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Hisham Farouk with Tharawat Family Business Forum:

4 Strategies to Mitigate the Disruption of COVID-19

Hisham Farouk Hisham Farouk

Hisham Farouk:

Fortunately, our understanding of how to address the challenges of COVID-19 is improving every day. Our medical and scientific communities are learning and adopting new strategies to deal with the current global crisis, as are the world's policymakers.

To help the economies during this climate of uncertainty, global economic stimulus initiatives and reductions in interest rates are taking place, such as the Bank of England, or the US Federal Reserve whose efforts brought down the American cost of borrowing to its ever-lowest level in 50 years. However, and given the unknowns feeding into the panic, I think that now is the time for the MENA-based family businesses to take the necessary precautionary measures: It's time to act swiftly and prepare for the worst-case scenario. I'm not suggesting for businesses to show an immediate reaction by acting on contingency plans, but they should have them ready and be prepared.

Family business leaders can start by updating their continuity procedures to reflect the reality of office shutdowns and remote working practices, as well as to investigate how these measures might impact various costs and timelines. I believe that budgets should be reassessed and redeveloped with a worst-case scenario in mind. We've already seen the first wave of impacted industries, including aviation, logistics and hospitality, that were momentarily crippled by the COVID-19 pandemic. Businesses in other sectors should take note and prepare, but not panic. I believe that cash flow and working capital are critical right now, but regardless of the balance sheet, sustainability may hinge on having a budget that works no matter what. Once again, I'm not suggesting businesses to hit the big red button and immediately change direction, however, they need to be mentally, emotionally, and fiscally prepared for whatever comes next.


To begin with, I see a few options to help family businesses mitigate revenue loss and supply chain disruption as of now:

  1. Invest in infrastructure to enable remote working. We are seeing the importance of agility firsthand. Businesses must keep working to maintain productivity, and many still are. Google's entire North American workforce, more than 100,000 employees, are currently working from home. Nevertheless, remote work settings have been becoming more prevalent every year. A framework that facilitates working remotely, with obvious considerations given to server access and security, will stay relevant long into the future.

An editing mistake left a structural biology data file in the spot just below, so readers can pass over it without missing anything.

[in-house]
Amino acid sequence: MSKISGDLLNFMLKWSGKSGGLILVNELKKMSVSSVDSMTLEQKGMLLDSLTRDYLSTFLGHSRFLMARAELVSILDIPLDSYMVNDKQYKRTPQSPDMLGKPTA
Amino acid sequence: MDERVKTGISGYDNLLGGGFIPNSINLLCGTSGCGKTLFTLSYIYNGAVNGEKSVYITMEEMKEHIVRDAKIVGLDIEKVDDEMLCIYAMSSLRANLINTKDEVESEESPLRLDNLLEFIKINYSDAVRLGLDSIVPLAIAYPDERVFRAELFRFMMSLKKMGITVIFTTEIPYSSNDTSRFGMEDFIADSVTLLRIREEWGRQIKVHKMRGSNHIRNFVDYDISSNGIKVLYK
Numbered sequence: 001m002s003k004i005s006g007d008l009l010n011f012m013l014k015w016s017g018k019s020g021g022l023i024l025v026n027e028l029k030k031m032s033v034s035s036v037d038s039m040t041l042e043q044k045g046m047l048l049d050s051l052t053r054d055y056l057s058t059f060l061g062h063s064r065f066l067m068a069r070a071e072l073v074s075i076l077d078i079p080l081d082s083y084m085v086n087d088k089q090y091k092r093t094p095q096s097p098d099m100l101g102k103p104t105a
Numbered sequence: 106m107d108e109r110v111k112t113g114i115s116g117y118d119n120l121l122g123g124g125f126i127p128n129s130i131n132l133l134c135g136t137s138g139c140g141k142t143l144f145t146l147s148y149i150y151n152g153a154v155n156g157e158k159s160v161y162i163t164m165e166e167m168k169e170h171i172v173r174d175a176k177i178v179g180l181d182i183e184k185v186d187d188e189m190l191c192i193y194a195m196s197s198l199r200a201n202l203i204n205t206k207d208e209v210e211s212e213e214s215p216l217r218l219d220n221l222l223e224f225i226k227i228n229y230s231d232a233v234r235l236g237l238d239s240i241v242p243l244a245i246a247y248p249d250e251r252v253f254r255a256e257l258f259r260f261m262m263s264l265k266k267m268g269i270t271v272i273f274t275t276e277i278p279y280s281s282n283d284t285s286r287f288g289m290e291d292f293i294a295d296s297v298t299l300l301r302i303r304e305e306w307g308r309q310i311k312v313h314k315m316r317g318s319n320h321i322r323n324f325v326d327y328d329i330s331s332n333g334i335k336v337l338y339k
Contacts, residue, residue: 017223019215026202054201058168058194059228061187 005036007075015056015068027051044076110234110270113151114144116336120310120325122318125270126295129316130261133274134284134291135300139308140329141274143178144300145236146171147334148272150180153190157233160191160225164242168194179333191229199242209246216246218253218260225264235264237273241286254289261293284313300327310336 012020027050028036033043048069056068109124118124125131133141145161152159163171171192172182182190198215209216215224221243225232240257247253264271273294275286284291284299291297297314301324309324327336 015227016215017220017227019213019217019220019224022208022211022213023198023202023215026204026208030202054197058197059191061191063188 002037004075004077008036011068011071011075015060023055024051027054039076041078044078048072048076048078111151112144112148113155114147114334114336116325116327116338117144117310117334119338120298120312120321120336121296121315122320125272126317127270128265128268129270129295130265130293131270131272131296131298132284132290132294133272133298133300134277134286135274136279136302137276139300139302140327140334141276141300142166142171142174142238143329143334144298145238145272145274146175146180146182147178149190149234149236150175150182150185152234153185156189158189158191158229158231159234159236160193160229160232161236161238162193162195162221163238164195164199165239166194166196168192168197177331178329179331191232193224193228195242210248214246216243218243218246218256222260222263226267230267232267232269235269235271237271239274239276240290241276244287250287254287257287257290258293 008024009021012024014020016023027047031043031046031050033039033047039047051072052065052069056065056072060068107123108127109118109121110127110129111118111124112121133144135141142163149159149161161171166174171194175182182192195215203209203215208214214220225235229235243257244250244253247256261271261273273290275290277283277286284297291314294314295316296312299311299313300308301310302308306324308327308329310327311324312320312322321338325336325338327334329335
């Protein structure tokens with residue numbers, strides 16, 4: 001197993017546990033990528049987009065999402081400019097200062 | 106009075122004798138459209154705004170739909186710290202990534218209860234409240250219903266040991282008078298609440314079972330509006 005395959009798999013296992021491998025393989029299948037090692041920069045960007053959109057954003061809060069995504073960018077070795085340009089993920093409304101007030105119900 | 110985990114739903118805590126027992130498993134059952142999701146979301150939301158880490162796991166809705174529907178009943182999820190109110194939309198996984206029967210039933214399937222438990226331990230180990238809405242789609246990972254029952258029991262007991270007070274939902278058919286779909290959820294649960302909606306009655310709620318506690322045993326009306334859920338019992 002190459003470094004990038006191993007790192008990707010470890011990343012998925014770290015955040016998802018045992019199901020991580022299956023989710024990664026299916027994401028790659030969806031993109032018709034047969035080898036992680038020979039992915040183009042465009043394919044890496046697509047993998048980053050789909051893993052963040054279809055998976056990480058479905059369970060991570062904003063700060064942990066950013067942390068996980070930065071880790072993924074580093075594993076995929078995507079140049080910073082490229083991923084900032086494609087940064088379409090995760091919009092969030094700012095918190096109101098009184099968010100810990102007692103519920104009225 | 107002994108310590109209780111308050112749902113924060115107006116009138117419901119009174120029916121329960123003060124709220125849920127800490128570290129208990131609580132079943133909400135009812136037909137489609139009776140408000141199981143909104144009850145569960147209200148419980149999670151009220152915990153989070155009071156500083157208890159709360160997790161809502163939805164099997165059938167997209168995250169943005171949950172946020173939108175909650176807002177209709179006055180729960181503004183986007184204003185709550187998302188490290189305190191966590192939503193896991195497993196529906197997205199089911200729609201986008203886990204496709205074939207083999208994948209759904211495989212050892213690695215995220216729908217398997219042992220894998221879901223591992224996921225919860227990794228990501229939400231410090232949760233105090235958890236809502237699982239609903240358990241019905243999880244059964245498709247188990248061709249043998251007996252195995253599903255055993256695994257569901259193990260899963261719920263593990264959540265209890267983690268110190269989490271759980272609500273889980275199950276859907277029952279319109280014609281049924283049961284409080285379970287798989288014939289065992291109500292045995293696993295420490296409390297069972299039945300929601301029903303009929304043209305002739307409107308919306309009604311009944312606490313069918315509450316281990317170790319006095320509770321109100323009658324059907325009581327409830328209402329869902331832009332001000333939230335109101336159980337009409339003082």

2. Consider market demand while evaluating supply chain. Take a look at how a slowdown in the number of orders can lead to transparent discussions with customers. I think one of the most interesting things about this outbreak is that it's truly a global phenomenon. Whether suppliers are located in China or Germany or even in the Middle East, what's happening is impacting everyone. There are many examples to learn from, and just as many creative options for businesses when it comes to developing contingencies.
  3. Dive deep and be honest. Businesses can be reluctant to audit their internal structures and cost models. Now is the perfect time to ask the difficult questions and be prepared to act on the answers. If the worst-case-scenario becomes a reality, due diligence could be the only deciding factor between success and failure. If it doesn't happen, businesses will still gain actionable insights and potentially end up saving money down the road.
  4. Test your resilience. Businesses should test their model against various scenarios and see what the potential outcome could have been. Not only can discoveries from this exercise inform decisions when it's business-as-usual again, but they'll also safeguard the business for the next big challenge.


Regardless, whichever direction the business takes must be examined through the lens of social responsibility. People are still the priority. Businesses are created for people, and not the other way around. Of course, it's easy to say and harder to do, but we should not forget the remarkable times when companies stood by their teams through a crisis and came out of the other side with an unmatched competitive advantage. Organizations that support their staff and are willing to invest in their wellbeing do more to ensure their future than anything else.